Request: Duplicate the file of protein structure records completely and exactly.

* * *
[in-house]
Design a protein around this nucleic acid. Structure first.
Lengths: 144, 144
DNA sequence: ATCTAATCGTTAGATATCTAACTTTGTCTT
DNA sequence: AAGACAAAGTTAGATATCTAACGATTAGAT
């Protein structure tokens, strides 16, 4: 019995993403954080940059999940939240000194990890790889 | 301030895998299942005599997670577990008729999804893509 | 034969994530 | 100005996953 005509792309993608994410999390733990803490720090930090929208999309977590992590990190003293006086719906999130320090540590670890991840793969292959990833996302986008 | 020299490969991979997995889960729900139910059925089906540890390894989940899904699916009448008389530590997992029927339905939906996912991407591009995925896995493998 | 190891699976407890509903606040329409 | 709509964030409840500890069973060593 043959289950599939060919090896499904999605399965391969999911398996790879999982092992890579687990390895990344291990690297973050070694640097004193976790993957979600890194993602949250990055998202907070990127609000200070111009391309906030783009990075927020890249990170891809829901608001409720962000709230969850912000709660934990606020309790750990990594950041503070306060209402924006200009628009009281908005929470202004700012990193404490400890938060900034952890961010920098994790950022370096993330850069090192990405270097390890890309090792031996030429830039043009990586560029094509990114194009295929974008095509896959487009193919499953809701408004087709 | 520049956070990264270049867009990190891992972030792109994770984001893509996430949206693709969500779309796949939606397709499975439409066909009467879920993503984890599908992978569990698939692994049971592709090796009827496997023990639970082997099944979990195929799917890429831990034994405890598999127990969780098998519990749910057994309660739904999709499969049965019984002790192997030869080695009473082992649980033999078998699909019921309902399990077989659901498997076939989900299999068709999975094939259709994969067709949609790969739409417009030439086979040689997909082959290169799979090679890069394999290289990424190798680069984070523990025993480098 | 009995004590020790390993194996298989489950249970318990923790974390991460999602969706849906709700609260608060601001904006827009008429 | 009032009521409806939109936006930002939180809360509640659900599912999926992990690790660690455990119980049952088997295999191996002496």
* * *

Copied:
[in-house]
Design a protein around this nucleic acid. Structure first.
Lengths: 144, 144
DNA sequence: ATCTAATCGTTAGATATCTAACTTTGTCTT
DNA sequence: AAGACAAAGTTAGATATCTAACGATTAGAT
């Protein structure tokens, strides 16, 4: 019995993403954080940059999940939240000194990890790889 | 301030895998299942005599997670577990008729999804893509 | 034969994530 | 100005996953 005509792309993608994410999390733990803490720090930090929208999309977590992590990190003293006086719906999130320090540590670890991840793969292959990833996302986008 | 020299490969991979997995889960729900139910059925089906540890390894989940899904699916009448008389530590997992029927339905939906996912991407591009995925896995493998 | 190891699976407890509903606040329409 | 709509964030409840500890069973060593 043959289950599939060919090896499904999605399965391969999911398996790879999982092992890579687990390895990344291990690297973050070694640097004193976790993957979600890194993602949250990055998202907070990127609000200070111009391309906030783009990075927020890249990170891809829901608001409720962000709230969850912000709660934990606020309790750990990594950041503070306060209402924006200009628009009281908005929470202004700012990193404490400890938060900034952890961010920098994790950022370096993330850069090192990405270097390890890309090792031996030429830039043009990586560029094509990114194009295929974008095509896959487009193919499953809701408004087709 | 520049956070990264270049867009990190891992972030792109994770984001893509996430949206693709969500779309796949939606397709499975439409066909009467879920993503984890599908992978569990698939692994049971592709090796009827496997023990639970082997099944979990195929799917890429831990034994405890598999127990969780098998519990749910057994309660739904999709499969049965019984002790192997030869080695009473082992649980033999078998699909019921309902399990077989659901498997076939989900299999068709999975094939259709994969067709949609790969739409417009030439086979040689997909082959290169799979090679890069394999290289990424190798680069984070523990025993480098 | 009995004590020790390993194996298989489950249970318990923790974390991460999602969706849906709700609260608060601001904006827009008429 | 009032009521409806939109936006930002939180809360509640659900599912999926992990690790660690455990119980049952088997295999191996002496």